Friday, February 8, 2013

The revisted 12 Animation Principles

The Twelve Basic Principles of Animation is a set of principles of animation introduced by the Disney animators Ollie Johnston and Frank Thomas in their 1981 book "The Illusion of Life: Disney Animation"

This is how all starting animators learn their craft adhering to the "12" without why the principles are the put in place then it has no relevance to a starting animator, I wanted to go over them again and explain why they are important. All of them are designed to create "the illusion of life" by following the physics of the world around us because without the idea of mass and weight properly expressed it is not "believable" to the audience.  

Squash and stretch
Applies to muscle contracting and expanding, the force of pressure exerted or applied to anything that is more than the mass will push the object out of the normal shape.
The train of thought of a character shown through the face to the start of an action, the start of an action that requires the movement of the whole body to move in the action, the non anticipation to an action that is created can be used for comedy i.e. the banana peel
To show the personality of the character involved, how they react to the world around them. To tell a story, by how the character is shown in their environment or in angle portrayed or how small or big they seem in the world. 

Straight ahead action and pose to pose
Both of these are important, whether you need to have control of the whole thing like when putting in overlap or micro expressions through Straight Ahead or where the story is going or who your character is, through the Key Frames with Pose to Pose.

Follow through and overlapping action
Everything does not stop or start at the same time due to the gravity, mass and weight of every single object, even when attached to something it will need to have the mass and weight of the starting object and its own to start moving and stop usually after the starting object just because it has the initial movement that has to overlap unless it is not affected by the start object i.e. very heavy.

Slow in and slow out
Shows weight of an object, it needs force exerted to start and force exerted to stop the movement (any movement has an equal and opposite reaction).
All things alive in this world move in arcs as it is more energy efficient to do so and the way that joints work as a pivot or as a hinge and muscle works as a "pull" and "stretch" for each action resulting in the natural "swing" of  any movement. Also for anything that is thrown or is jumping through the air a natural "arc" is seen as the force of gravity is applied at start point, the apex and as the object returns to earth.
Secondary action
The body either an animal or a human is always moving several steps ahead of the conscious mind as it balances, breathes, muscles twitching, eyes tracking and ears swivelling to hear noises. A human trying to keep track of things they have to do that day or nodding to music while doing a task, these things make the character seem more "human" and therefore more worthy of our "time".


As the mass and weight of the object make it probable to portrayal through "effective" timing, how fast the object moves is dependant of the area (mass) as well as the weight of the object, the centre of gravity of the object i.e. is it closer to the ground to avoid gravity increasing the weight placed upon it (like a baby), does it live in something like water that negates normal gravity unless in the  pressure of the deeper areas of the ocean.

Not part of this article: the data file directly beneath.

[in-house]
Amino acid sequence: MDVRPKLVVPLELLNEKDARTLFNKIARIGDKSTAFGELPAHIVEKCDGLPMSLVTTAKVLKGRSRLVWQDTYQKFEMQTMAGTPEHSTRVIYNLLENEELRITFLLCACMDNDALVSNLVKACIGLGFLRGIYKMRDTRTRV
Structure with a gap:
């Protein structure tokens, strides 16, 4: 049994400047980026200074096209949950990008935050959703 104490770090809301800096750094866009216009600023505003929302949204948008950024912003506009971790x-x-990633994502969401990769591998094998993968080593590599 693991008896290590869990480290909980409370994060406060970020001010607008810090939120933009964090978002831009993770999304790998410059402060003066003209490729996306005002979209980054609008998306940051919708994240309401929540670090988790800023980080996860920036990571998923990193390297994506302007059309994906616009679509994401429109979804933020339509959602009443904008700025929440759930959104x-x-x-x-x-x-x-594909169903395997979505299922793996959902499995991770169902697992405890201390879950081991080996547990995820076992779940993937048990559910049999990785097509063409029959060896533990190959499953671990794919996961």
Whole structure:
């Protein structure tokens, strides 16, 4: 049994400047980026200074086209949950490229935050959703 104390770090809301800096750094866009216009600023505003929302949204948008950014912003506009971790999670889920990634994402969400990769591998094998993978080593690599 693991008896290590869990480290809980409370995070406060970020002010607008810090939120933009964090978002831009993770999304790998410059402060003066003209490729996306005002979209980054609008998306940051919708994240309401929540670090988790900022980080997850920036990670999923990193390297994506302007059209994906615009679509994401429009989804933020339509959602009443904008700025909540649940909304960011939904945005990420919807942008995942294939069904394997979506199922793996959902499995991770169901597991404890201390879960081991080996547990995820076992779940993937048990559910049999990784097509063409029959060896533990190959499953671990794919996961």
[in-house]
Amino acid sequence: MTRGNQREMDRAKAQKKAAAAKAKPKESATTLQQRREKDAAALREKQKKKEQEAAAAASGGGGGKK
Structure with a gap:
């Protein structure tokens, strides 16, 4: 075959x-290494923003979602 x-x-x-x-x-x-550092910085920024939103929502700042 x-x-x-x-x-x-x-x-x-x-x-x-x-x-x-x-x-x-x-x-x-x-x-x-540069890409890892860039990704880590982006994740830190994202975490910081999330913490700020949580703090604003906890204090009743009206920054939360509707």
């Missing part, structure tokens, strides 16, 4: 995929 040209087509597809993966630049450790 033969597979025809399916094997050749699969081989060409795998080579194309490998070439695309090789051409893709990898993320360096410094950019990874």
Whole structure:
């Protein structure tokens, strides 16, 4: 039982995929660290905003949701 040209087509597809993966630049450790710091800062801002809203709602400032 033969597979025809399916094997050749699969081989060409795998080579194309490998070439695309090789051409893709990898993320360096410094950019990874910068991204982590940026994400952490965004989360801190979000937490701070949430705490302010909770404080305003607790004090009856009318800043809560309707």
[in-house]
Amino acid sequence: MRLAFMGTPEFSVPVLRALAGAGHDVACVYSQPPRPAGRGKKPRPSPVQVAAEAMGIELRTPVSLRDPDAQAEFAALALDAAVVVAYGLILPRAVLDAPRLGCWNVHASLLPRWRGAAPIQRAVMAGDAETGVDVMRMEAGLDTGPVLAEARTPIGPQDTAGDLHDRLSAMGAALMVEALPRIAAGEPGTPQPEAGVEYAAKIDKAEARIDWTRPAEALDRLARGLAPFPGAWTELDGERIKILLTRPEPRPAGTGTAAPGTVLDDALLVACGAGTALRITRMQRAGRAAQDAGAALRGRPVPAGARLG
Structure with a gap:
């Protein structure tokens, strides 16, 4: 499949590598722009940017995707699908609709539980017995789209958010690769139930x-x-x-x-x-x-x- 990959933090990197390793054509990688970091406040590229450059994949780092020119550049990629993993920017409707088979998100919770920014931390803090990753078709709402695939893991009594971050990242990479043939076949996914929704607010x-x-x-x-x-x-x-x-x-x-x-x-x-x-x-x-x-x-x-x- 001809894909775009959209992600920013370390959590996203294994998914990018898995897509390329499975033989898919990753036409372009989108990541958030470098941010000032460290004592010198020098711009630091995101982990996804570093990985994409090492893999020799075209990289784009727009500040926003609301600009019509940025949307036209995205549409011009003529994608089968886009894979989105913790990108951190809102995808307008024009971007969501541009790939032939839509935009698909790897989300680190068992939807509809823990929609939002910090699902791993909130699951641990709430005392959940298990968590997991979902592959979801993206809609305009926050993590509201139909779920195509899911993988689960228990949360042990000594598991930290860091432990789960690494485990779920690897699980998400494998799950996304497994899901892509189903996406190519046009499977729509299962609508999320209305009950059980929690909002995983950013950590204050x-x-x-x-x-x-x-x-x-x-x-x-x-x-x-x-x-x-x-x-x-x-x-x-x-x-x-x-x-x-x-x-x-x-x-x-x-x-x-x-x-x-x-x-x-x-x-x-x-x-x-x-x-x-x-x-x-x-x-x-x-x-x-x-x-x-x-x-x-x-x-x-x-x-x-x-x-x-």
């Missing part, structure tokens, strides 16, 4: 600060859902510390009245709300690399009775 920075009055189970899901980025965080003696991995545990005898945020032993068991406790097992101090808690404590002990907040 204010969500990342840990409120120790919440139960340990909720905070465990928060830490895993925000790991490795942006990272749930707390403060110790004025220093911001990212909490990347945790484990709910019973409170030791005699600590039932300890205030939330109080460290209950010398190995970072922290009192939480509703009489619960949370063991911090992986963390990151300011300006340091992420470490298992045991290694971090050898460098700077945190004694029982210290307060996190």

Whether it needs to think about an action before it does it compared to an instinctual action, a person that is going to plan and execute the murder of someone close v.s. shielding the face from an oncoming object. 

Also whether the character has done something before, several times or "could do it their sleep" as then the action is stored close to hand and imprinted on the memory of the muscles that aid in the motion (as in everyone still remembers how to ride a bicycle but when doing a new task seem clumsy and adept at it).

Is seen in most sports as you see the person hold the ball in the air before they throw it or the swing looks over exaggerated to make you notice what is happening when the people only look like little critters on your tv screen.

Follow through of the action also needs to be exaggerated as the audience can know that it is the end of the action before the slow into moving hold.

Also is useful in the acting of the character, whether the character wants sympathy by "hamming it up" or whether the character is a powerful the character will  move much less with all the key poses being important and strong.
Solid drawing
Through the silhouette of your poses it should tell you everything that your character is doing and thinking, if the pose is obscured or you cannot see the hands clearly and also you cannot tell the character weight or whether they might be lifting anything there is no point in the animation without communicating clearly to the audience "when","what" and "why" they are empathising with the character, they tend to get distracted and your time and your awesome animation is lost in the background.   

Why is twinning such a big no, no? It is because it is unnatural to humans and animals to have both sides matching. We are always offset to balance our centre gravity and that's why we have "line of action" and our poses and that of animals are always interesting to see. We like to see thing that have appeal if they are acting unnatural, through timing or the posing we aren't drawn to it, the idea of the "uncanny valley" something that looks or acts human but through the actions of it will trigger repulsion. 

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